Benchmark Results: Web and Synthetic

Here are our results from our web and synthetic tests. A reminder of our systems:

System Overview
  µArch APU Base /
Turbo MHz
Memory Channel
HP Elitebook 745 G2 Kaveri A10 PRO-7350B (19W) 2100 / 3300 8 GB Dual
HP Elitebook 745 G3 Carrizo PRO A12-8800B (15W) 2100 / 3400 4 GB Single
Toshiba Satellite
Carrizo FX-8800P (15W) 2100 / 3400 8 GB Single
HP Pavilion
Carrizo A10-8700P (15W) 1800 / 3200 8 GB Single
Lenovo Y700 Carrizo FX-8800P (15W) 2100 / 3400 16 GB Single


Google Octane 2.0

Lots of factors go into web development, including the tools used and the browser those tools play in. One of the common and widely used benchmarks to judge performance is Google Octane, now in version 2.0. To quote: 'The updated Octane 2.0 benchmark includes four new tests to measure new aspects of JavaScript performance, including garbage collection / compiler latency and asm.js-style JavaScript performance.' We run the test six times and take an average of the scores.

Google Octane

Octane splits hairs between the Kaveri and A10-8700P, but the Toshiba has the higher skin temperature and can turbo for longer than the Elitebook G3.

Mozilla Kraken 1.1

Kraken is a similar tool to Google, focusing on web tools and processing power. Kraken's tools include searching algorithms, audio processing, image filtering, flexible database parsing, and cryptographic routines.

Mozilla Kraken

Kraken mirrors Octane, except this time the A10-8700P gets a jump on the Kaveri.

WebXPRT 2013/2015

WebXPRT aims to be a souped up version of Octane and Kraken, using these tools in real time to display data in photograph enhancement, sorting, stock options, local storage manipulation, graphical enterfaces and even filtering algorithms on scientific datasets. We run the 2013 and 2015 versions of the benchmark.

WebXPRT 2015

WebXPRT 2013

In both versions of the benchmark, the Kaveri system beats all the 15W Carrizo platforms. It was inevitable that at some point during the benchmarking that those extra four watts of thermal headroom in the chip might allow the CPU to turbo for longer – as WebXPRT is by nature a bursty workload, if it can use this to its advantage then we’ll surely see a regression.

I want to pull out some power numbers a little early here to show what I mean. Here are the two Elitebooks in WebXPRT 2013, whose scores differ by 6%:

These power numbers were taken under the ‘all else equal rule’, so each screen was at the same brightness and almost zero applications requesting run time in the background. Here we see that the Carrizo system is drawing less power on average in idle and load (a common theme), but suffers from higher peak power draw and a much larger average-to-idle change in power (which can be overshadowed by onboard components coming out of sleep). It means we get the very uneasy metric of 1208.7 J of energy consumed for the Kaveri over idle and 1932.8 J of energy consumed for Carrizo, though it does depend on how much idle is truly idle across the whole SoC and platform.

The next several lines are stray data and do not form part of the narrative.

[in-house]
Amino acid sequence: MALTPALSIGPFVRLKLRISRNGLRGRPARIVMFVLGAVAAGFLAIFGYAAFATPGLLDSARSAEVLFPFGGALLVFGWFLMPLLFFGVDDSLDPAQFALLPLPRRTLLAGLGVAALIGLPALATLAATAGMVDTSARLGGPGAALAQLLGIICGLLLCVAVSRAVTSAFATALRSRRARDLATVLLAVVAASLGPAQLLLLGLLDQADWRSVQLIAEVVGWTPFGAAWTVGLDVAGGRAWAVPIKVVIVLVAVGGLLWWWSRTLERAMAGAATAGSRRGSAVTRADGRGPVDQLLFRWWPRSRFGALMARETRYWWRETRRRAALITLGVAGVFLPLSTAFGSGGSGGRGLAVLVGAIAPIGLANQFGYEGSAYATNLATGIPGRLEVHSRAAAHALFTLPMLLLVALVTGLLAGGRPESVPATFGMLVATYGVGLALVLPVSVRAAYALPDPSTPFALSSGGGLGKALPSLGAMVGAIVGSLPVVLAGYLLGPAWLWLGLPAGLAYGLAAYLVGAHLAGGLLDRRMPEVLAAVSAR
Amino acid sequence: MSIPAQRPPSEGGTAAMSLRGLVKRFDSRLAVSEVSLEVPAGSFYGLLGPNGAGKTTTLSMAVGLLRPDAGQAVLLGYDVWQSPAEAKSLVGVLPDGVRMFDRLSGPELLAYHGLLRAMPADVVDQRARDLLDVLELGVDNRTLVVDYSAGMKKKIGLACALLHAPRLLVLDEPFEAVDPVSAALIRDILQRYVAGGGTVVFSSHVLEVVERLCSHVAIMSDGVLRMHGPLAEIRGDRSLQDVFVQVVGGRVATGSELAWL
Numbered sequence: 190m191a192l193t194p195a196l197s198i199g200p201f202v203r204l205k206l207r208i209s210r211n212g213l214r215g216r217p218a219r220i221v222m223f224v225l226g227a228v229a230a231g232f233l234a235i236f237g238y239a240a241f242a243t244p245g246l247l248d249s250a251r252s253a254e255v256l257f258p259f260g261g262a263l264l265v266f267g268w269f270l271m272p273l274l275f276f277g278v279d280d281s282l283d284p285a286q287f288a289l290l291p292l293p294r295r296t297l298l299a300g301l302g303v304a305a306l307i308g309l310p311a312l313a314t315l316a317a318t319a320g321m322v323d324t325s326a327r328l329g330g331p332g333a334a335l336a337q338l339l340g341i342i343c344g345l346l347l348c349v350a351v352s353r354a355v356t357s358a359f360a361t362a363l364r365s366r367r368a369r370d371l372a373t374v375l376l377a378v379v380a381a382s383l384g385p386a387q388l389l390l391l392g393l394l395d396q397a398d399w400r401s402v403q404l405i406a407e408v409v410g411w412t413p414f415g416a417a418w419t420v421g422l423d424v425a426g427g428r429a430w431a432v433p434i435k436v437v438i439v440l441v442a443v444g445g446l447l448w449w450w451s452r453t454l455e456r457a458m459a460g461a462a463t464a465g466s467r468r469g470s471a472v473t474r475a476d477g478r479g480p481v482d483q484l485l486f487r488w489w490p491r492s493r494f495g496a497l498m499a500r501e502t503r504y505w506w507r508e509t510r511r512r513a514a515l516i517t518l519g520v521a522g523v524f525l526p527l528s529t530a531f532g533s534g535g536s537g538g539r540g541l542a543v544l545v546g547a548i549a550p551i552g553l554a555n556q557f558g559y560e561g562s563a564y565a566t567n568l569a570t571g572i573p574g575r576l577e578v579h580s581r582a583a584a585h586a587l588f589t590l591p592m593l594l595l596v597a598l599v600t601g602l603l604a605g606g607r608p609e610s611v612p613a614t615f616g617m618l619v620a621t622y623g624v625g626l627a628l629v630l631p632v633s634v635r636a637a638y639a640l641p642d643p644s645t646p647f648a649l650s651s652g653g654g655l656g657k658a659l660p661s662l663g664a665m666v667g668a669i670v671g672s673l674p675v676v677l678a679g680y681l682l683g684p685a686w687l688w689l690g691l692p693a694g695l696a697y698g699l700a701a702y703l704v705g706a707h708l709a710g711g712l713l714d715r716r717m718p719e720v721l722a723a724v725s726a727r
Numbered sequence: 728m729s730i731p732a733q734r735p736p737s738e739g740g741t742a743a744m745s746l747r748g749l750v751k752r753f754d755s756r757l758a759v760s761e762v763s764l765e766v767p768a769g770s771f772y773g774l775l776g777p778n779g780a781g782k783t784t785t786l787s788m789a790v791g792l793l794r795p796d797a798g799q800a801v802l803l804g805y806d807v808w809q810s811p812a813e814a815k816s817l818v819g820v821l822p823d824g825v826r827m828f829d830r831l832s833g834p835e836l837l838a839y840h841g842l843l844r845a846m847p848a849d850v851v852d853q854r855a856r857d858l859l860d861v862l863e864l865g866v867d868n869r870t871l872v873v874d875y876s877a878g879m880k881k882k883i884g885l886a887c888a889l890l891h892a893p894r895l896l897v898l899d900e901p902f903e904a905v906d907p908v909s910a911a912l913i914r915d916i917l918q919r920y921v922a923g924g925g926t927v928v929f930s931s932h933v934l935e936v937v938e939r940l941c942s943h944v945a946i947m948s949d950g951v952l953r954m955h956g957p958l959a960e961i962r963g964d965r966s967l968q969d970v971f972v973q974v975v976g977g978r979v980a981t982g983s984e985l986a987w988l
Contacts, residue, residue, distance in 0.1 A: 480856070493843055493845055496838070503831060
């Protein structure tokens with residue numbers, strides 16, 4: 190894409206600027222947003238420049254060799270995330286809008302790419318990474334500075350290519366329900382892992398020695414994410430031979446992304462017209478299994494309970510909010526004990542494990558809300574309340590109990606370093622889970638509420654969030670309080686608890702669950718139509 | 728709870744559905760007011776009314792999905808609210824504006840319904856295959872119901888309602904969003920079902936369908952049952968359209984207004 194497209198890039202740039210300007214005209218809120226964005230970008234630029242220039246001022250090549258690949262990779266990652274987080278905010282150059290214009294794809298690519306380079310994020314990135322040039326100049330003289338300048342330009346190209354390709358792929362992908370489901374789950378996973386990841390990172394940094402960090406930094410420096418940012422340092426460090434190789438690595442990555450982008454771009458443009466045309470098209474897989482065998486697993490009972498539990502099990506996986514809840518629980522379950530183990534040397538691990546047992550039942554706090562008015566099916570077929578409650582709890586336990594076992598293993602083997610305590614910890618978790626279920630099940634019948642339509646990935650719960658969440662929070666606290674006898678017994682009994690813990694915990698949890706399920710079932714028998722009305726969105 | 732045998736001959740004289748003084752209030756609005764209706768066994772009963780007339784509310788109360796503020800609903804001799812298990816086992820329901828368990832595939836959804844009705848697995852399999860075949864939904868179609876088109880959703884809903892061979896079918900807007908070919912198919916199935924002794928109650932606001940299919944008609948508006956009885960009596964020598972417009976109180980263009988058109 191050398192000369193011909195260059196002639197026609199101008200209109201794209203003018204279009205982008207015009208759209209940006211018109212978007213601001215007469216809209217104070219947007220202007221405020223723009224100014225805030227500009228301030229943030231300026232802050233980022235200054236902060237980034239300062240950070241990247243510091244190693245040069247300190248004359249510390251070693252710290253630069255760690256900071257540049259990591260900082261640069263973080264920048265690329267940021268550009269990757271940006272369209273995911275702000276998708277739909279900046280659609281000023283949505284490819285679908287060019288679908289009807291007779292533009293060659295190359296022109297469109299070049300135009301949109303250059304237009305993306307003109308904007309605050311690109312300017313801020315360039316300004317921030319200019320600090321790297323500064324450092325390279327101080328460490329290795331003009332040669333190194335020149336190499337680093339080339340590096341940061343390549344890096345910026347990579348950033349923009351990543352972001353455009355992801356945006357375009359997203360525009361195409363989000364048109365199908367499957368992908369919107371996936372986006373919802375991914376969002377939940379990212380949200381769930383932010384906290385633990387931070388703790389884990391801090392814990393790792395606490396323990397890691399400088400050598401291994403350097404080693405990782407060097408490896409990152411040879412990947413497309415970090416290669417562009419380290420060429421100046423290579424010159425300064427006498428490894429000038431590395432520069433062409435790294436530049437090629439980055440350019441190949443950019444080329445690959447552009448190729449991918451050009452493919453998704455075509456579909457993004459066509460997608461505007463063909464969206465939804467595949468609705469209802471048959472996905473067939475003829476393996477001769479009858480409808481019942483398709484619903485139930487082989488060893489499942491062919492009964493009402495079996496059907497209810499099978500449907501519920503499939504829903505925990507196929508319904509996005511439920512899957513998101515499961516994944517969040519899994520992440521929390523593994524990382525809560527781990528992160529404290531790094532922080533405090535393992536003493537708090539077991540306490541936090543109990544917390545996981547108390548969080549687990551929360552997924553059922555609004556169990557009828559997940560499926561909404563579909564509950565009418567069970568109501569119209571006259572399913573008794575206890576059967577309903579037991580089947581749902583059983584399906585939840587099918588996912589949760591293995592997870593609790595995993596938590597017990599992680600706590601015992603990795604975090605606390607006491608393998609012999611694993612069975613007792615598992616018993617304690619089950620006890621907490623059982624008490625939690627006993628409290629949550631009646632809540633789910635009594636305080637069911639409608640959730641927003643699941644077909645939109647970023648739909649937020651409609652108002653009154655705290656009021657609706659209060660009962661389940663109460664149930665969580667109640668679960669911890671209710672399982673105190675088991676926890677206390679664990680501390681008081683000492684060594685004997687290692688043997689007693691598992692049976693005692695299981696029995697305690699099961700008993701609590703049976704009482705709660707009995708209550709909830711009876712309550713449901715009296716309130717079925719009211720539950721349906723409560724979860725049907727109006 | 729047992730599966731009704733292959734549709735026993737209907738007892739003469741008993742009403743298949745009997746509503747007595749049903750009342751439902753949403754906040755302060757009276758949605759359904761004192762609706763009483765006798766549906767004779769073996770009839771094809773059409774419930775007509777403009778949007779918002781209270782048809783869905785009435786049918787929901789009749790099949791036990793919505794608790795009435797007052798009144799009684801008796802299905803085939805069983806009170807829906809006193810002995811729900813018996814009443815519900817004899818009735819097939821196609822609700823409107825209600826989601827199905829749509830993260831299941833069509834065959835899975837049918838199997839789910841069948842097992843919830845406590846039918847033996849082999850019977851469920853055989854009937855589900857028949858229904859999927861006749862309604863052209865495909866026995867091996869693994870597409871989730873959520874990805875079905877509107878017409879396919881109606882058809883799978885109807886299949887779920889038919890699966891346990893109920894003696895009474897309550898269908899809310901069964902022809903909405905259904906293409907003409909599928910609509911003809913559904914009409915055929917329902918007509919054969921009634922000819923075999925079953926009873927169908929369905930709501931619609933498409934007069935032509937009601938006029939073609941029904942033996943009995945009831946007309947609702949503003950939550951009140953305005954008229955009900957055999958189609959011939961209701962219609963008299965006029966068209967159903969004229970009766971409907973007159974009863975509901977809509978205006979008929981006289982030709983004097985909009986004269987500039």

This might be where the performance deficit lies though – in a Carrizo system that boasts lower power at idle and lower power draw on average, in a bursty workload environment it is actually wasting time and power to switch things on and off constantly.

Cinebench 15/11.5

Cinebench is a widely known benchmarking tool for measuring performance relative to MAXON's animation software Cinema 4D. Cinebench has been optimized over a decade and focuses on purely CPU horsepower, meaning if there is a discrepancy in pure throughput characteristics, Cinebench is likely to show that discrepancy. Arguably other software doesn't make use of all the tools available, so the real world relevance might purely be academic, but given our large database of data for Cinebench it seems difficult to ignore a small five minute test. We run the modern version 15 in this test, as well as the older 11.5 due to our back data.

Cinebench 15 - Single Threaded

Cinebench 15 - Multithreaded

Cinebench 11.5 - Single Threaded

Cinebench 11.5 - Multithreaded

Cinebench shows the spread of performance relating to the microarchitecture advantages of Carrizo compared to Kaveri, as well as the benefits that a 35W part can give over a 15W part. That being said, this spread of results, while perhaps an academic answer to ‘which is the fastest’ is not often seen in the real world.

x264 HD 3.0